Artist Detained in Serbia; Doesn’t Know Why
Illustrator and artist David Suter, who is currently having a solo exhibit in Washington, D.C., was detained by police in Serbia after attempting to transport artwork displayed a group show from the south of France to Romania. All the works have been confiscated awaiting adjudication.
According to the Washington Post, Suter and his gallery owner Victor Gaetan (Gallery A and Alex Gallery), were freed after a weekend under “police supervision.” They were detained as they attempted to cross into Romania on their way to a show there. Border agents seized 68 paintings and four sculptures (credits below) by Suter and four other artists.
“The men were taking the pieces by car from St. Tropez,” notes the Washington Post, “where they had been exhibited in August, to an upcoming show in Bucharest that has to be canceled, Gaetan said. They were waved into the country without formalities, but when they tried to leave, “We were told, ‘Okay, you’re in big trouble, because you didn’t complete a form for transit.’”
Earlier this year Serbian police recoverd two stolen Picasso paintings from a museum in Switzerland. Was this connected? I recently, spoke to Suter, who is still in Europe waiting for a disposition in this case:
Why were you traveling across national boarders with all this artwork? I formed an association with a prominent gallery in DC (I have been camping out there for the year). At the moment I have a large show until the end of December there. At the same time, the owner Victor Gaetan had planned a travelling show to start in St Tropez and proceed through a number of cities, including Paris, Bucharest, and some others. The show consists of works by five americans: Myself, Judith Judy, David Goslin, Marian Bingham and Rossanna Azar, an Argentinian painter.
To take the work from the Nice, France-area where it was stored we borrowed the French galleries owner’s minivan to take us to Bucharest and back, loaded it with all the works and travelled through France, northern Italy, Slovenia, Croatia and then into Serbia to the Serbian border with Romania, where we were stopped at the rural checkpoint.
Why, in fact, were you stopped and what was the rationale for confiscating the work? I think I can say that we don’t really know precisely why we were stopped. Entering Serbia we were waved through cursorily, with no inspection or demand for manifests, etc; this forms part of the argument for an entrapment of sorts. The official rational as described (through interpretor) by the lower court judge involved failure to have a certain form (Victor had with us a pictorial manifest w lists of all works, with photos of each, artists names etc, as well as newly printed catalogues fior each artist, websites showing the planned exhibit, and so forth).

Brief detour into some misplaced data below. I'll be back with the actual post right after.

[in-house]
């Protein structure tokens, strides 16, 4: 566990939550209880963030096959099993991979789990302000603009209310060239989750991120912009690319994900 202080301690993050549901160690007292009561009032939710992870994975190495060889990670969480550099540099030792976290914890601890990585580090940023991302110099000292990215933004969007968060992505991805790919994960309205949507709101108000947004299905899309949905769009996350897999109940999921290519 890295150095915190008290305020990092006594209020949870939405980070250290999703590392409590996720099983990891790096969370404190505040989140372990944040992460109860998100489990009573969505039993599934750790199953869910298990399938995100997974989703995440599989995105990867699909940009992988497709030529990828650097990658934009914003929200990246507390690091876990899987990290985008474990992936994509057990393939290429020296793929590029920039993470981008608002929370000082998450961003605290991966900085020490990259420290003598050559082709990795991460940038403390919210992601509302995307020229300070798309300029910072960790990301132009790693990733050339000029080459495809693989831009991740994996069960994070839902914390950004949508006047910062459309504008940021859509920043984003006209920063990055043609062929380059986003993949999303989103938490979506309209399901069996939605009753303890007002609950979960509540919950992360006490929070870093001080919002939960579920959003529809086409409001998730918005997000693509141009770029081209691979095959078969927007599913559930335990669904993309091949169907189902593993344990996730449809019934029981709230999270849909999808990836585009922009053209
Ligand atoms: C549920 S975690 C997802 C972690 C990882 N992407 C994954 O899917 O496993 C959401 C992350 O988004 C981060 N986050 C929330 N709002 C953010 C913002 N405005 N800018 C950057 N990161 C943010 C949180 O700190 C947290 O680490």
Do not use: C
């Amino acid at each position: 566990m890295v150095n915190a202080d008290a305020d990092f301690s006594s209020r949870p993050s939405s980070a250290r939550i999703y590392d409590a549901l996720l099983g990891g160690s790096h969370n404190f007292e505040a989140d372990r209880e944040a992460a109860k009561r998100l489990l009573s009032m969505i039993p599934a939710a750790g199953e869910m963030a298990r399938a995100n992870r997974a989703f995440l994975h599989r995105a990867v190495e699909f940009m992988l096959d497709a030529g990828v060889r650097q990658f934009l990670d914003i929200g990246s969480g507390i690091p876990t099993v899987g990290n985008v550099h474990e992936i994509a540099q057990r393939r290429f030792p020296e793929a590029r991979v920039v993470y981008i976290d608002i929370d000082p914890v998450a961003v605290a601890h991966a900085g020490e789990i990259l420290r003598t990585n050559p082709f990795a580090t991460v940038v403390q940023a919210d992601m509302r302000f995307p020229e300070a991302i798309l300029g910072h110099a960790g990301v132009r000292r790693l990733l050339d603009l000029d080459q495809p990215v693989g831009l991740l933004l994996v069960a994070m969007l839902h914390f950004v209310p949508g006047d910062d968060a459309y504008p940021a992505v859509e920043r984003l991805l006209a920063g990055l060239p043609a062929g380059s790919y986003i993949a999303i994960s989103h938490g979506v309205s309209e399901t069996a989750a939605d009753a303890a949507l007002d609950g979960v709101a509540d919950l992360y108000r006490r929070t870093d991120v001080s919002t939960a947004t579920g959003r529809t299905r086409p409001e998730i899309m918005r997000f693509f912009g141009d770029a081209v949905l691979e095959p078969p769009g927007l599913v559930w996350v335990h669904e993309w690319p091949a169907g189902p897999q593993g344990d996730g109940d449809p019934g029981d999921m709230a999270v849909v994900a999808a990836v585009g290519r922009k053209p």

During our “interview” with the customs officer (while all the work was being carted in and unwrapped and inspected etc) he quietly asserted (or, insinuated given the alarming atmosphere) that it would go better for us to find a low evaluation for the work, in that, the judge would not only confiscate everything, but demand a fine be paid immediately to the tune of up to four times the value of the goods he described as being “smuggled”. Thus, we each were imagining a fine on the order of perhaps in the 100’s of thousands. And, it was soon, stated by the judge, the failure tio pay such a fine would require imprisonment for 60 days.
You can imagine the coercive atmosphere attending these statements. The confiscation itself was stated as a kind of routine punishment, without reference to the property, indeed the very creation, of the traveler himself.
How come, once it was established that you are bonafide artists and this is a bonfide exhibit, you are still libel to such penalties? I Don’t know; it seemed vastly out of proportion, in contradiction of some kind of human right (though I don’t know what exactly), gratuitously punitive, bizaare, kangaroolike, Kafkaesque, and cruel….not to mention impolite undiplomatic and, frankly, stupid….or, one might also think, a matter of desperate state economics.
The judge by the way, was about twenty five years old, seemed extremely nervous and, when for some reason I shook his hand, was sweating profusely.
What will happen to the confiscated art? I don’t know that either. There were four paintings and four sculptures in the travelling exhibit. A couple of the pieces are personally irreplaceable. One scary element was the way the customs official expressed a seemingly sincere appreciation for the works, almost as though he would like to to “have” it himself. I did a bunch of “protest” work to fill the empty gallery in Bucharest.
(Sculptures from above to below bottom: 2nd Story, Running Man, 3rd Horse, Annunciation; all 2010.)
Here is part of Suter’s exhibit currently in the Alex Galleries. http://www.alexgalleries.com/David_Suter.php